Ohio’s medical marijuana cultivators hire third-party testing labs to examine their crops before the plants are processed or sold. Although the labs and state officials cite a litany of safeguards required under state law, patients and advocates worry about conflicts of interest.
“There should be a stable of state inspectors to create a gap between the testing lab and the cultivators,” said John Pardee, former president of the cannabis advocacy organization Ohio Rights Group.
Chris Stock, patient advocate for the Ohio Medical Marijuana Advisory Committee, said patients reported discrepancies between test results and what they found in packages. And online forums frequented by patients are filled with complaints about mold in products, and stories about patients getting sick.
But Stock said in a statement that he has been working with the Department of Commerce and the State Board of Pharmacy, which oversee medical marijuana businesses, and “I am grateful for the incredibly diligent and thoughtful responses I’ve received from both agencies related to third-party lab testing.”
State and industry officials said the testing regime is rigorous.
A state database tracks tests and shipments, and the state won’t let medical marijuana companies move a batch to a processor or dispensary if it fails a test, said Joe Moorhead, spokesman for North Coast Environmental Laboratories in Streetsboro.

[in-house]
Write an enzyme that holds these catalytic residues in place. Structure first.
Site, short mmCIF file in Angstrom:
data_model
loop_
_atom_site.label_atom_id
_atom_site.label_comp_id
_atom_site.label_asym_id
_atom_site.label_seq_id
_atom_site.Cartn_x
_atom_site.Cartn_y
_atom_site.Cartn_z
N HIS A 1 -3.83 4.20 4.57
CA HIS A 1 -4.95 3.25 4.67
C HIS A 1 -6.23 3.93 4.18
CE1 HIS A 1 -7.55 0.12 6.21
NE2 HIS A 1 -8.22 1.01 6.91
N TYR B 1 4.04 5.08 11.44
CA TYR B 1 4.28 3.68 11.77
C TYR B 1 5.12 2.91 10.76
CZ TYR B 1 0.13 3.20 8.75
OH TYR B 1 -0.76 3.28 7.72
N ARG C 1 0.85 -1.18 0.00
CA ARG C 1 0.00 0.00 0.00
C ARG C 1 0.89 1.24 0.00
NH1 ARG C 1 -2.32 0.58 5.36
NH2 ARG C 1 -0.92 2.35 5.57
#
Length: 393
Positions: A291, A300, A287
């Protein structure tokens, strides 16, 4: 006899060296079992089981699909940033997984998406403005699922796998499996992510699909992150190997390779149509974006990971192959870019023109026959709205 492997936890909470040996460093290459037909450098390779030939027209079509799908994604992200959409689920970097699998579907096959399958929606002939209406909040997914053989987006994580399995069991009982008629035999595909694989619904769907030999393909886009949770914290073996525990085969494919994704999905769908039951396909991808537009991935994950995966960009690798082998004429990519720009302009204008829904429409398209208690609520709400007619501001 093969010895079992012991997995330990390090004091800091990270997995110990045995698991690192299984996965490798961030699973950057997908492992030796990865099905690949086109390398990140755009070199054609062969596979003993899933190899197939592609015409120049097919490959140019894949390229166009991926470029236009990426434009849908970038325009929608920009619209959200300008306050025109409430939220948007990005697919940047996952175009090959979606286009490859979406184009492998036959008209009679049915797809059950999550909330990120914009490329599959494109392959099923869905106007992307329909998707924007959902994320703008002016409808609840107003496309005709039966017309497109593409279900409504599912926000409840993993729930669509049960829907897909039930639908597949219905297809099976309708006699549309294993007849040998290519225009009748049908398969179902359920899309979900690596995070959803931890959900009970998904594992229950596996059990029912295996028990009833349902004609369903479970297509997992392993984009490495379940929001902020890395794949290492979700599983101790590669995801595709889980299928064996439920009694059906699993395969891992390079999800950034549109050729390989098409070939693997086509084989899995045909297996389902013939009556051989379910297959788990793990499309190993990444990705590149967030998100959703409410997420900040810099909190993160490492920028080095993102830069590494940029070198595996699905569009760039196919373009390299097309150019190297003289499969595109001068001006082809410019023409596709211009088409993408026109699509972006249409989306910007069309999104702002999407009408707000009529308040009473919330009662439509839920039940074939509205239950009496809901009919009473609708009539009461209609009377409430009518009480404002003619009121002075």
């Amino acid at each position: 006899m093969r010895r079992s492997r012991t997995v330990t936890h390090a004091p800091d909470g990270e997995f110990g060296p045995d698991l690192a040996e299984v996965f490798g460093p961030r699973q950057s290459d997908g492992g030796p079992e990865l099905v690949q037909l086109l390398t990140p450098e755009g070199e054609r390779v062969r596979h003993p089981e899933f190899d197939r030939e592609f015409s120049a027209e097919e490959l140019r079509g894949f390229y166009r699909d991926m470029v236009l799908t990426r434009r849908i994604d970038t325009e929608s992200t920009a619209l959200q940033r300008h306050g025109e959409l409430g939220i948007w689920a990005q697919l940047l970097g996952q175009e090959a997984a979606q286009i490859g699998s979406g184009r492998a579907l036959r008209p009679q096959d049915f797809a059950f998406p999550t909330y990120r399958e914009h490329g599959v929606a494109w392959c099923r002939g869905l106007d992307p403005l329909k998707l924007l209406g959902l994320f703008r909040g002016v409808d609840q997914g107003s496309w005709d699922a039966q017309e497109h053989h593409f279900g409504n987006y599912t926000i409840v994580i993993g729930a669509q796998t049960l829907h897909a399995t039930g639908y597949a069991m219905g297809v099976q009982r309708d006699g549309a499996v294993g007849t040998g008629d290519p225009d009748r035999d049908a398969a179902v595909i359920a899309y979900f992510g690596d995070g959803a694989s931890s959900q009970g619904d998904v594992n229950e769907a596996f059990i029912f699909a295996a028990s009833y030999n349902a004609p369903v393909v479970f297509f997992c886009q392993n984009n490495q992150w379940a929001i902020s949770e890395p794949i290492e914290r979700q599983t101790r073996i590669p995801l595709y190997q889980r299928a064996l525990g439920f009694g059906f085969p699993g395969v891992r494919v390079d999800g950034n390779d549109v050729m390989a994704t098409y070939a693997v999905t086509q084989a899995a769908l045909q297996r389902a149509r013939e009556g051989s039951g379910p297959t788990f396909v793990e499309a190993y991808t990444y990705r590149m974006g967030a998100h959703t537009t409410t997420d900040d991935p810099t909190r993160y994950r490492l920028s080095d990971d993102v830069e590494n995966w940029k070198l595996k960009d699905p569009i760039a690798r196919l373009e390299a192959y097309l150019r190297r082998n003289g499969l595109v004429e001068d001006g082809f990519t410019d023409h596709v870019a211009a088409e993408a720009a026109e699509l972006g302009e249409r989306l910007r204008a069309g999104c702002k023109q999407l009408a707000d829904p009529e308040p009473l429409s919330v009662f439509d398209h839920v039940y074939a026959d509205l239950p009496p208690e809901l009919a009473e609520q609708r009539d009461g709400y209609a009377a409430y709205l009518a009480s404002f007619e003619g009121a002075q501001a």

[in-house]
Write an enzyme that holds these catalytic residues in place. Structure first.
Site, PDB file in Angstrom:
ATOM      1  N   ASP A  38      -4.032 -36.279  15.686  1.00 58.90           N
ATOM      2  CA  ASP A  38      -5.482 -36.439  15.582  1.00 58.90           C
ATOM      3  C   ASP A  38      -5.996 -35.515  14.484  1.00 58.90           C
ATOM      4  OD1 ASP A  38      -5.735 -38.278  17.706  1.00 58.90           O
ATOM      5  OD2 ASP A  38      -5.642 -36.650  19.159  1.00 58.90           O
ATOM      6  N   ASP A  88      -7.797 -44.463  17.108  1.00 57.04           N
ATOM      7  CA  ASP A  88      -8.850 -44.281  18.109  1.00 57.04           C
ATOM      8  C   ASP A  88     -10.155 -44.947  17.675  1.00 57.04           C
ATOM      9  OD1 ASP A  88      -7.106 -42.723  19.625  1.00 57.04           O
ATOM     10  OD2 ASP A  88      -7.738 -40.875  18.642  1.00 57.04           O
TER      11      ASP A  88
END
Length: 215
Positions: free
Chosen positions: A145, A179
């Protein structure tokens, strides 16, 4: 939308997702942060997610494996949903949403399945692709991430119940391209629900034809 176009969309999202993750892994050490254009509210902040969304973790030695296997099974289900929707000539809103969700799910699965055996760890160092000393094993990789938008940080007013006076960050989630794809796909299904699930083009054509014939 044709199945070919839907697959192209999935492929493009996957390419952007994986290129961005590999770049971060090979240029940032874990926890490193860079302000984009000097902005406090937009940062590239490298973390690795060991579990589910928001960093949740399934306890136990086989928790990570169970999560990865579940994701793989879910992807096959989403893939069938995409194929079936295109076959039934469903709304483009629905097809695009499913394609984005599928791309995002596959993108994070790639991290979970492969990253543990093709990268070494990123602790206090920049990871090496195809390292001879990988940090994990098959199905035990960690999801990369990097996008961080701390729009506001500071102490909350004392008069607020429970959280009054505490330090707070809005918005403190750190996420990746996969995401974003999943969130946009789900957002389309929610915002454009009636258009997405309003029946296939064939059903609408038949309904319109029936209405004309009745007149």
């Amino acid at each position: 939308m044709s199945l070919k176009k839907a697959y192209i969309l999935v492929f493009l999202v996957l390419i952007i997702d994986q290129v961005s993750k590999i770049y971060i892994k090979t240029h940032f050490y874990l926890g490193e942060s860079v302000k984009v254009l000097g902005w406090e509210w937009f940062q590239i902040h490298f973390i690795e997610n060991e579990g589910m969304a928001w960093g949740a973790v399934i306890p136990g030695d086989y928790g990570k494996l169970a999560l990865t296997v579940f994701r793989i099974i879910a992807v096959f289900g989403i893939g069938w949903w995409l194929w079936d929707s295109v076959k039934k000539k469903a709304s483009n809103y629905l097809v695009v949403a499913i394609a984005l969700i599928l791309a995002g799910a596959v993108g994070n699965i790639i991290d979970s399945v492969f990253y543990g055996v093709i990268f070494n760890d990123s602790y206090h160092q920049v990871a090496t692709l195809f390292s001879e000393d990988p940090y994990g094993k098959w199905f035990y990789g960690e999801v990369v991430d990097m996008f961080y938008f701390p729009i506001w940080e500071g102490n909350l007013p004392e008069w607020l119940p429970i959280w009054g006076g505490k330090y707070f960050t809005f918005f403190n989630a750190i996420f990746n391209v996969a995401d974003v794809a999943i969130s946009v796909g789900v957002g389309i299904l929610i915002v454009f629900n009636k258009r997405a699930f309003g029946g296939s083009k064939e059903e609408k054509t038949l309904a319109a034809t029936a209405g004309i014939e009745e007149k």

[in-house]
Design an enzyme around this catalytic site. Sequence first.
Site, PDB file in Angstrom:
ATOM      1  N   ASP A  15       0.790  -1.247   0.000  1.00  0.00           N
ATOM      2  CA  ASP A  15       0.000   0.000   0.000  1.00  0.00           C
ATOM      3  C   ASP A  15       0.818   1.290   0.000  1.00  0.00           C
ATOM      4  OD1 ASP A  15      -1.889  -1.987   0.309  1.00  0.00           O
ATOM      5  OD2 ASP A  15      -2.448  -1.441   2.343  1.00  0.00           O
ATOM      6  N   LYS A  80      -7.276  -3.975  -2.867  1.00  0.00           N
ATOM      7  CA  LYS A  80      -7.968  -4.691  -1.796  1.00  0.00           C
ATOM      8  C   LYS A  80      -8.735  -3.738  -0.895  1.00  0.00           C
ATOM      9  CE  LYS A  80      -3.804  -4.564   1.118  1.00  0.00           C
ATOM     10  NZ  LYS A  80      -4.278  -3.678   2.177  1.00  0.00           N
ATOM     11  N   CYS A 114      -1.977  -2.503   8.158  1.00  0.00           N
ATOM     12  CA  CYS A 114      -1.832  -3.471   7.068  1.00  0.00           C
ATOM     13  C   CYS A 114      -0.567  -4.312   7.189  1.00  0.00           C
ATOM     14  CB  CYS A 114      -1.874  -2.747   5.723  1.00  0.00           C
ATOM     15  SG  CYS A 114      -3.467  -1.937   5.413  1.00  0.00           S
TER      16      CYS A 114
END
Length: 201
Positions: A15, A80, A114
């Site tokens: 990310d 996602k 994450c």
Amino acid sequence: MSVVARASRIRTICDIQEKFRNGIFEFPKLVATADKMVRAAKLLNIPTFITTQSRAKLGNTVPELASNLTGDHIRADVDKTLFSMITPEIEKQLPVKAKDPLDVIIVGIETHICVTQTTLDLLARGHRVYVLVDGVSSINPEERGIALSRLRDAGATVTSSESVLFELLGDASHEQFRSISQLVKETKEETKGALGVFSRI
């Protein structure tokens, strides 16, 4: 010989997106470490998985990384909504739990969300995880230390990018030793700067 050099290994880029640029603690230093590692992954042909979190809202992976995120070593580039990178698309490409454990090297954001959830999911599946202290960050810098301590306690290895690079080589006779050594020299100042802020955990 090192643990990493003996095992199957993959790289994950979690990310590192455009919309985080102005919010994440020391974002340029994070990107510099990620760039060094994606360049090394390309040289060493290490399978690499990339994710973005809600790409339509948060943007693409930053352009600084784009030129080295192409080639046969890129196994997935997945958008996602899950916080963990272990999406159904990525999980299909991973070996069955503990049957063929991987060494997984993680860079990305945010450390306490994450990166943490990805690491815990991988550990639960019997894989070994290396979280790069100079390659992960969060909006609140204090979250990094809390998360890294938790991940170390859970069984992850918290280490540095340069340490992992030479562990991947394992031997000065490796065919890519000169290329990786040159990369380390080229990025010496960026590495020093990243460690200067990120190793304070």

Test results “are electronically entered directly from the equipment,” Moorhead said.
A random sample is taken from every 15-pound batch of marijuana, which is subject to a new test every time it is moved to a cultivator, processor or dispensary, said Mark Nye, director of compliance for the Ohio Medical Marijuana Control Program at the commerce department. Additionally, the labs must be accredited by a certified nonprofit agency and are inspected at least four times a year, he said.
“The system was designed intentionally to make sure that everything is tested for contaminants before it makes it into a dispensary,” Nye said.
Some medical marijuana packages include QR codes that link to test results, said Thomas Rosenberger, associate director of the Ohio Medical Cannabis Industry Association.
Some patients and advocates remain unconvinced.
“When you have millions of dollars at stake, you’re creating the opportunity to put the thumb on the scale,” Pardee said.
He said he has requested test results from labs but was told the information is proprietary.
Some patients want better access to test results.
Medical marijuana patient Anthony Cordle of Columbus sent requests for information from the state’s testing database in recent months. State officials promised to create a publicly accessible database, but Cordle is frustrated by the slow pace.
“I have been getting nowhere,” he said in an email.
The Dispatch requested access to the data in September.
The process “is taking longer than it should,” said Dr. Jonathan Cachat, who until recently ran the marijuana-testing lab at Hocking College.
Cachat stressed that he isn’t accusing the state of trying to hide anything, but he said, “Ohio has just completed its first year of medical cannabis sale; we would like to see what the data looks like.”
State officials said the sheer volume of data is the reason for the delay. Thousands of tests have been conducted, and labs consider dozens of substances in each test, resulting in thousands of data points. Checking those points for accuracy, and to ensure that there is no redundancy, takes time, said Sydney King, director of strategic initiatives for the medical marijuana control program.
King promised access to the data in the coming months.